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The Housing Market Right Now

The latest home-buying season is now in full swing! If you’re hoping to buy a house soon, listen up: The housing market changes on a dime, so if you want to succeed in today’s environment, you’ll want to take its temperature and act accordingly.

And buyers are in luck: By and large, this year’s home-buying season is a far better bet for buyers than in the past. So if you’re craving some intel on what to expect—and how to use this to your advantage—here’s the info you need to confidently buy a house right now.

The strong seller’s market is on the wane

In the recent past, you weren’t altogether wrong if it seemed like buyers were offering their firstborn child in order for their offer to get a fair look—and often for houses that you would have snubbed in less-sizzling markets. But now it’s OK to breathe—and even sleep on it.

As inventory begins to rise, the strong seller’s market that characterized last season’s home-buying season is fading fast. In fact, many say we’re back into what can be considered more of a buyer’s market, where the seller doesn’t hold all the cards,  that means you’re going to have some wiggle room to negotiate.

“While you still want to prepare a competitive offer, your time window is likely to expand—meaning you can think it over before rushing in with an offer.” “And you aren’t going to have to include some of the riskier elements, such as waiving financing or inspection contingencies, that were a hallmark of past years.”

But what you face still varies by the Big L

You’ve heard the adage “location, location, location,” but it will definitely be a huge factor in 2019’s home-buying season. Because while bidding wars are out in most markets, real estate is still very neighborhood-driven.

“While you might see a softening market in some areas, others may still be in a strong seller’s market”.

He says the key metric to look for is “days on market,” which means how long a property has been waiting to sell. If you’re hoping to buy in an area where days on market are staying low, you’ll have to be prepared to act a little faster. But in areas where this number has started creeping up, you might be able to look around a little more.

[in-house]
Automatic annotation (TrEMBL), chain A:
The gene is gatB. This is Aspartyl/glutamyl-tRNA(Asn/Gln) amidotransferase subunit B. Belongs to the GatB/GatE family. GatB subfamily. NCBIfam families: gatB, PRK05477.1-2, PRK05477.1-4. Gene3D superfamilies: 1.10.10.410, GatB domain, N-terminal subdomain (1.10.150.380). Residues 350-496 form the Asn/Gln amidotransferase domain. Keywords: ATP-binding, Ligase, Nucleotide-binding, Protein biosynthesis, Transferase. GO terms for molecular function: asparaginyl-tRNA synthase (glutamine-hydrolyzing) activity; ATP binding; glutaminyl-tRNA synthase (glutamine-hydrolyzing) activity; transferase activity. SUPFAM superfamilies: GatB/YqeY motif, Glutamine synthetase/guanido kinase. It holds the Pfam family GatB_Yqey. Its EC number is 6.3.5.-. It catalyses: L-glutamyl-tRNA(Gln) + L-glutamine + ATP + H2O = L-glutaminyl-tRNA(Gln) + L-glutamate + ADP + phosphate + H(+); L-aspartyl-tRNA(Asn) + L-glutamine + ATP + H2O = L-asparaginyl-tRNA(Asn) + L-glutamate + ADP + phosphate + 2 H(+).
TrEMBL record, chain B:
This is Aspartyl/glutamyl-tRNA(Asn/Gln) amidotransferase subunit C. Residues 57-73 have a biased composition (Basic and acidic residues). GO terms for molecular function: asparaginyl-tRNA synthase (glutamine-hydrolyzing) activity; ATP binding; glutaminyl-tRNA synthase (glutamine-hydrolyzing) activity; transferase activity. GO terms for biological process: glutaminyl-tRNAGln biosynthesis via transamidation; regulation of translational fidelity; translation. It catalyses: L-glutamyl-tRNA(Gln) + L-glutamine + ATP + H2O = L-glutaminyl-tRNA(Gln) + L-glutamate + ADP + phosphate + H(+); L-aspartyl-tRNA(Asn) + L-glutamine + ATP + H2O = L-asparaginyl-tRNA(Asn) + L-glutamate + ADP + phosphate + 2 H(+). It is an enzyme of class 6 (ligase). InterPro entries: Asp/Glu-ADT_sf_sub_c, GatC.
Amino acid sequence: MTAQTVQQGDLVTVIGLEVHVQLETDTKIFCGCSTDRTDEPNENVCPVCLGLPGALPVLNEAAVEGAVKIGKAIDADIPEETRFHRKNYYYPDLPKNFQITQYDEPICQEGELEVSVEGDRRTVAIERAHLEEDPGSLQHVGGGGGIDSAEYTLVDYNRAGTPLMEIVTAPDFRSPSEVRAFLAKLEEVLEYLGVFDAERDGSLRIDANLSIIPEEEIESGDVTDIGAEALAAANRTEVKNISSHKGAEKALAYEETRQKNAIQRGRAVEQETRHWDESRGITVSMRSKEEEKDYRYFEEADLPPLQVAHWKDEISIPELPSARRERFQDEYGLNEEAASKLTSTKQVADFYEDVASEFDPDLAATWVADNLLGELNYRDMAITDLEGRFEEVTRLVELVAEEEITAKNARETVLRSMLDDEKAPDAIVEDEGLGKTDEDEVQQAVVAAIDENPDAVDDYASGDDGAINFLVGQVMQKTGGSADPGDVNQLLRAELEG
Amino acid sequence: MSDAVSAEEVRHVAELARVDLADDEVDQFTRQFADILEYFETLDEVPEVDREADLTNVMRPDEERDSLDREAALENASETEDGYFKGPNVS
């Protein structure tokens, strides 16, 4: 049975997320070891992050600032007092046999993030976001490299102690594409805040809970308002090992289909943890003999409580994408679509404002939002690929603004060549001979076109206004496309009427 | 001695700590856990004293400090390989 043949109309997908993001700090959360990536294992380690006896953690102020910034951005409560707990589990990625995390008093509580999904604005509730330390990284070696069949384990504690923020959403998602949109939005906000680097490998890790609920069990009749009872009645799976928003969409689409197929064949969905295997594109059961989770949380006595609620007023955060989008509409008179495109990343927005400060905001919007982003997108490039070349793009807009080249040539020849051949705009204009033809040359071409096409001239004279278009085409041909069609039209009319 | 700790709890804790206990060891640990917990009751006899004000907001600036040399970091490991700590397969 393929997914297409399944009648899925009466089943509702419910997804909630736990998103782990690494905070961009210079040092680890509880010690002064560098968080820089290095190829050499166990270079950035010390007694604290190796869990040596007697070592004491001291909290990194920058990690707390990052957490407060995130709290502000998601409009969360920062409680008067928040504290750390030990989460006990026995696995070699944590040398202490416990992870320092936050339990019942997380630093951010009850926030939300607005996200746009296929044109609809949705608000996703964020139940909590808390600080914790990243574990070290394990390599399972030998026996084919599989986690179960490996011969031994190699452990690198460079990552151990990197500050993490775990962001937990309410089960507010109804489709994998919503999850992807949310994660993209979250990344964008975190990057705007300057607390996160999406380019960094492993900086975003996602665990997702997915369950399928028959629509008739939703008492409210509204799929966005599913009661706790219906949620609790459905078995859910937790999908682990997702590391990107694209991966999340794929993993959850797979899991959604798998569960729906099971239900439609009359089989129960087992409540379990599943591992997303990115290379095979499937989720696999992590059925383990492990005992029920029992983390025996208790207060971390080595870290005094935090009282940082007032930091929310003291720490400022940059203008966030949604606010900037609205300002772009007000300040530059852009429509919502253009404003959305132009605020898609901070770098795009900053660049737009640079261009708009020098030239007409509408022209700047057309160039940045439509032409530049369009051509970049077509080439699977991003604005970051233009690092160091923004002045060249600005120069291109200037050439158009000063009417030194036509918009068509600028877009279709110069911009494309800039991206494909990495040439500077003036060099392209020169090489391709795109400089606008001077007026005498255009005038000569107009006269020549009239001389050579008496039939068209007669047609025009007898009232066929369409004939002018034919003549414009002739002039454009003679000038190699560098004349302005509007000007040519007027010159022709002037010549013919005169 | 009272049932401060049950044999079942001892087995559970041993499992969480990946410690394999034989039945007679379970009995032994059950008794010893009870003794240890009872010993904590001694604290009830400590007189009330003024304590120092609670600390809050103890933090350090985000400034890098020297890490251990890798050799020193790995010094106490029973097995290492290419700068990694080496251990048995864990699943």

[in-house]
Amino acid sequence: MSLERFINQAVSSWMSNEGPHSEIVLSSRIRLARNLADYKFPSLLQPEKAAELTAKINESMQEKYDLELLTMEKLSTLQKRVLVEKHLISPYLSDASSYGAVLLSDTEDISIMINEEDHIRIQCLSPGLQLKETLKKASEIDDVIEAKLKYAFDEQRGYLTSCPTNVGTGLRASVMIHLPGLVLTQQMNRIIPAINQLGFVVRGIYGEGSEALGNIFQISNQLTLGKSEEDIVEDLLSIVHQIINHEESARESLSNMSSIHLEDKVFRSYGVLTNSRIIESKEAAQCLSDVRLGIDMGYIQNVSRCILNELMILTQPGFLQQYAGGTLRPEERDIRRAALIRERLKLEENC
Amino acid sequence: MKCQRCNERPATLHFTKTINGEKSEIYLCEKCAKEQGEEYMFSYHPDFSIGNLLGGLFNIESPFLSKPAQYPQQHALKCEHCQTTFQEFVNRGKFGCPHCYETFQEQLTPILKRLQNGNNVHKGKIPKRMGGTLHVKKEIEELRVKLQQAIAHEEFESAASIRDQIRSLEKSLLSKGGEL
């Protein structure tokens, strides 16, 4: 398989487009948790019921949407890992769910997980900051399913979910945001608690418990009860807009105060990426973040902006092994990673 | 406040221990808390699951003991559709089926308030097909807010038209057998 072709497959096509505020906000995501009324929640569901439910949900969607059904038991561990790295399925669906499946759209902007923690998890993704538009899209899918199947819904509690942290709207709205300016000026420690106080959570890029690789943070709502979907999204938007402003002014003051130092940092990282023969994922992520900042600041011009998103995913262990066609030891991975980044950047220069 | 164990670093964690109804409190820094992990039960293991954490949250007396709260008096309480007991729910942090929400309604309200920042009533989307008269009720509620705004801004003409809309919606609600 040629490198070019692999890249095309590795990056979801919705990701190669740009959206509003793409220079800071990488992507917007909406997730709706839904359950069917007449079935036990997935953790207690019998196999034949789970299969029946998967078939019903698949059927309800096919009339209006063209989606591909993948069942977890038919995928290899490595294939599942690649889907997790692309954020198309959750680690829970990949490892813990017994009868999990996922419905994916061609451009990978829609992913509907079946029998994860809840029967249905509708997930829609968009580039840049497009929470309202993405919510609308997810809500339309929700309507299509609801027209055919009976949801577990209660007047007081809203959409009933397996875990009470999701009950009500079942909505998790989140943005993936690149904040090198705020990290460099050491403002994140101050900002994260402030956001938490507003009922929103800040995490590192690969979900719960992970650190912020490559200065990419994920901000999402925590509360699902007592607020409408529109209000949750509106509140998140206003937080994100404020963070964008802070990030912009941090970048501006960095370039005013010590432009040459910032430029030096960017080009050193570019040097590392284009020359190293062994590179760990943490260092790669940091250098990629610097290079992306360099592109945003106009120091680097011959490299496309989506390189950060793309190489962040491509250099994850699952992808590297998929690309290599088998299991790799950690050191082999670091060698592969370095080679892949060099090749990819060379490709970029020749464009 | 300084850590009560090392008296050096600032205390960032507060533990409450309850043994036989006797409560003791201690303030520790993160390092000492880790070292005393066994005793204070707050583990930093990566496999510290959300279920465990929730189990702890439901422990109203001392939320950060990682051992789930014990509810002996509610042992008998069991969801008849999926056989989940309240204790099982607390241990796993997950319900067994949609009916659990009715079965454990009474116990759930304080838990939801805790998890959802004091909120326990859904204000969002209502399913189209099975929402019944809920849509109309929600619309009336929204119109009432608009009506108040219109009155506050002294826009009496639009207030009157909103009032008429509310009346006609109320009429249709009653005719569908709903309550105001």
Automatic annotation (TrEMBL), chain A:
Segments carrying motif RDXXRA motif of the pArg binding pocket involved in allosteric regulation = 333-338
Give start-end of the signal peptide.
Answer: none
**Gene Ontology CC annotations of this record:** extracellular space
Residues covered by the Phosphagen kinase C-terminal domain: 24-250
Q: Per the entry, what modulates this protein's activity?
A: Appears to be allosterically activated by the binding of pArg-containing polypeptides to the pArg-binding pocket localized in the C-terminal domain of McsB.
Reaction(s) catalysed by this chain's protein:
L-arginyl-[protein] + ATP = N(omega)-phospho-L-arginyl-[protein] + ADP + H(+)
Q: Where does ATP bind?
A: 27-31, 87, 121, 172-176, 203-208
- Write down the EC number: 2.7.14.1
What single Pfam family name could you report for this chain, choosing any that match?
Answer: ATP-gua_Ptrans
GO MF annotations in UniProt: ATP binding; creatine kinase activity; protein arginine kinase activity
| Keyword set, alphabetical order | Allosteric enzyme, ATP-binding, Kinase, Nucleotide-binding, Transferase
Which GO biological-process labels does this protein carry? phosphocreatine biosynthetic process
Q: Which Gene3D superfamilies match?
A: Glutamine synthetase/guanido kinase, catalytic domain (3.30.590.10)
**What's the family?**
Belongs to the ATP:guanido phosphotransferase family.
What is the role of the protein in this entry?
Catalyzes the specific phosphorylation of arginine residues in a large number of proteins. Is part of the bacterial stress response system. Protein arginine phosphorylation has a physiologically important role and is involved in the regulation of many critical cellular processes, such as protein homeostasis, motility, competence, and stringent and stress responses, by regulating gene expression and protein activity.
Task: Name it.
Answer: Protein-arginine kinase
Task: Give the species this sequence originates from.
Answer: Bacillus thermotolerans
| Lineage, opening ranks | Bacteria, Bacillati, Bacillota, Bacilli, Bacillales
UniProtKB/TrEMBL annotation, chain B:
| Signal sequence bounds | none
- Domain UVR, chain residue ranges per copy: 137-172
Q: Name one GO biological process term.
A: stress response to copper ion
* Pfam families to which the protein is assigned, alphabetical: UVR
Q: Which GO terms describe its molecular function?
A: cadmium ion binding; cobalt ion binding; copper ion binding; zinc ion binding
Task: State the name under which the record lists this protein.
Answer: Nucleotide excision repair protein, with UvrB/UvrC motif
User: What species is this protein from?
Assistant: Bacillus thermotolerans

For an accurate pricing picture, look only at the latest comps

Both buyers and sellers rely on comparables, aka comps, when determining a fair price. But that can get tricky as the market starts to turn because sellers might be remembering a months-ago heyday and pricing accordingly.

Get A Free Comparative Market Analysis for your Area Home, Call (929) 778-3400 .

“Buyers should only consider the most recent comps, which means the last three months, because that is the most accurate reflection of where the market is.

But don’t forget that it’s still very easy to insult a seller

Yes, the house might have been on the market a few more days than it would have been last year and the comps might be sliding, but that doesn’t mean you can expect that anything goes when you’re buying a home in 2019.

“I am seeing far more buyers starting to make very aggressive lowball offers in an attempt to test sellers’ appetites, even if they’re totally serious about a given property,” says

You may be able to get a better interest rate than you think

Bottom line: Now is the time to lock in a great rate, since today’s appealing numbers might not last long.

Interest rates are predicted to rise in 2019 and 2020, so buyers would be wise to shop for and lock in their interest rate as soon as possible.

Increasing rates can make a huge difference, she points out, noting that the difference between a 5% interest rate and 5.5% interest rate is $93 a month on a $300,000 mortgage loan, which can easily derail a buyer’s budget.

So even if you are trying to improve your credit or save a few more bucks for the down payment, you might be better off just wading in and locking in the rate.

“You might work for three months to burnish your credit, and then find that the rate has risen so much that it doesn’t make a difference.”

Your credit score might be better than you thought

Two recent developments in credit scoring may help would-be buyers: One is the new UltraFICO, which takes into account how you manage your checking, savings, and money market accounts, in addition to your credit cards and consumer loans. And the second is Experian Boost, which adds your utility and cellphone bills into the mix.

But even if you have a stellar record in all those areas, there’s no guarantee these will be your golden ticket, cautions Lerner. That’s because it’s still early days for these initiatives: UltraFICO is currently available only in a pilot phase in certain areas, and Experian has yet to launch the booster product, although it is taking sign-ups. But as these products become more widely available throughout the year, home buyers may reap the benefits.